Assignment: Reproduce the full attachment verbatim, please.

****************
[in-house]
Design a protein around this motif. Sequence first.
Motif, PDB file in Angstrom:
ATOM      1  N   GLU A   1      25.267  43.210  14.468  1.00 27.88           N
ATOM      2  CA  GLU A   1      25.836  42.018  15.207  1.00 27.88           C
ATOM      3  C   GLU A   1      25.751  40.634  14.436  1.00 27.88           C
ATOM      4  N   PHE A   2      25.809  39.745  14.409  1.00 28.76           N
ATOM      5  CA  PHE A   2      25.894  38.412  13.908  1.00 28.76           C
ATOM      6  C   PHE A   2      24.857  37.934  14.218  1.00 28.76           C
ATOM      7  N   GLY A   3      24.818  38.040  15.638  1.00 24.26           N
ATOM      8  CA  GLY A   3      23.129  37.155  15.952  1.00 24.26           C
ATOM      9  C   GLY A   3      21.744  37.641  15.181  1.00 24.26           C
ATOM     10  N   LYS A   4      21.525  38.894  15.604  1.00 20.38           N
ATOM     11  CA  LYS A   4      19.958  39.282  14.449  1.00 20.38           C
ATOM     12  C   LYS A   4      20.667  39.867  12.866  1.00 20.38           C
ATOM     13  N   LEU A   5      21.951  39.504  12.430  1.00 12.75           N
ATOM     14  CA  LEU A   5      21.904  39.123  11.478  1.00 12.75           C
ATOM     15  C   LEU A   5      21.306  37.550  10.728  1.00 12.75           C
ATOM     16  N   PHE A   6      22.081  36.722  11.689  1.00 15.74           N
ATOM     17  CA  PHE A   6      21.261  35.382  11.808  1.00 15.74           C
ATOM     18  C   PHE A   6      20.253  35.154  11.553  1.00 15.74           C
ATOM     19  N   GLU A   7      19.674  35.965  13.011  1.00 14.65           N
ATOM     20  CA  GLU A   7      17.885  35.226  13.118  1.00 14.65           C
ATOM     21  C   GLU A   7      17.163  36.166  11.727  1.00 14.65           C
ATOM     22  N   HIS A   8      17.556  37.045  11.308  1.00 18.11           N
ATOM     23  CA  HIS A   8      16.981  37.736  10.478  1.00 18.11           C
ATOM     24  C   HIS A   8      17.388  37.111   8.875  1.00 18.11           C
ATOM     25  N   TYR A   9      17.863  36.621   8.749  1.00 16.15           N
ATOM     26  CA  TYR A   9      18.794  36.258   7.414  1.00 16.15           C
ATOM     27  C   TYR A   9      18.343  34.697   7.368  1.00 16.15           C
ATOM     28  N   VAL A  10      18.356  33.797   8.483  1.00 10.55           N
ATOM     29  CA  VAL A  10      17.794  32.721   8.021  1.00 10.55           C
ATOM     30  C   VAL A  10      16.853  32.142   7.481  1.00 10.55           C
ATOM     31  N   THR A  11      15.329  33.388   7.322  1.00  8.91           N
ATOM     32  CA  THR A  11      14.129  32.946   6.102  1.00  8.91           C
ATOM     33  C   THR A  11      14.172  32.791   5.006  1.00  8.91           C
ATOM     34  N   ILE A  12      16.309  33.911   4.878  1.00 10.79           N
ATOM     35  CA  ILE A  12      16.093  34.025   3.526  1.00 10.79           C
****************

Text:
[in-house]
Design a protein around this motif. Sequence first.
Motif, PDB file in Angstrom:
ATOM      1  N   GLU A   1      25.267  43.210  14.468  1.00 27.88           N
ATOM      2  CA  GLU A   1      25.836  42.018  15.207  1.00 27.88           C
ATOM      3  C   GLU A   1      25.751  40.634  14.436  1.00 27.88           C
ATOM      4  N   PHE A   2      25.809  39.745  14.409  1.00 28.76           N
ATOM      5  CA  PHE A   2      25.894  38.412  13.908  1.00 28.76           C
ATOM      6  C   PHE A   2      24.857  37.934  14.218  1.00 28.76           C
ATOM      7  N   GLY A   3      24.818  38.040  15.638  1.00 24.26           N
ATOM      8  CA  GLY A   3      23.129  37.155  15.952  1.00 24.26           C
ATOM      9  C   GLY A   3      21.744  37.641  15.181  1.00 24.26           C
ATOM     10  N   LYS A   4      21.525  38.894  15.604  1.00 20.38           N
ATOM     11  CA  LYS A   4      19.958  39.282  14.449  1.00 20.38           C
ATOM     12  C   LYS A   4      20.667  39.867  12.866  1.00 20.38           C
ATOM     13  N   LEU A   5      21.951  39.504  12.430  1.00 12.75           N
ATOM     14  CA  LEU A   5      21.904  39.123  11.478  1.00 12.75           C
ATOM     15  C   LEU A   5      21.306  37.550  10.728  1.00 12.75           C
ATOM     16  N   PHE A   6      22.081  36.722  11.689  1.00 15.74           N
ATOM     17  CA  PHE A   6      21.261  35.382  11.808  1.00 15.74           C
ATOM     18  C   PHE A   6      20.253  35.154  11.553  1.00 15.74           C
ATOM     19  N   GLU A   7      19.674  35.965  13.011  1.00 14.65           N
ATOM     20  CA  GLU A   7      17.885  35.226  13.118  1.00 14.65           C
ATOM     21  C   GLU A   7      17.163  36.166  11.727  1.00 14.65           C
ATOM     22  N   HIS A   8      17.556  37.045  11.308  1.00 18.11           N
ATOM     23  CA  HIS A   8      16.981  37.736  10.478  1.00 18.11           C
ATOM     24  C   HIS A   8      17.388  37.111   8.875  1.00 18.11           C
ATOM     25  N   TYR A   9      17.863  36.621   8.749  1.00 16.15           N
ATOM     26  CA  TYR A   9      18.794  36.258   7.414  1.00 16.15           C
ATOM     27  C   TYR A   9      18.343  34.697   7.368  1.00 16.15           C
ATOM     28  N   VAL A  10      18.356  33.797   8.483  1.00 10.55           N
ATOM     29  CA  VAL A  10      17.794  32.721   8.021  1.00 10.55           C
ATOM     30  C   VAL A  10      16.853  32.142   7.481  1.00 10.55           C
ATOM     31  N   THR A  11      15.329  33.388   7.322  1.00  8.91           N
ATOM     32  CA  THR A  11      14.129  32.946   6.102  1.00  8.91           C
ATOM     33  C   THR A  11      14.172  32.791   5.006  1.00  8.91           C
ATOM     34  N   ILE A  12      16.309  33.911   4.878  1.00 10.79           N
ATOM     35  CA  ILE A  12      16.093  34.025   3.526  1.00 10.79           C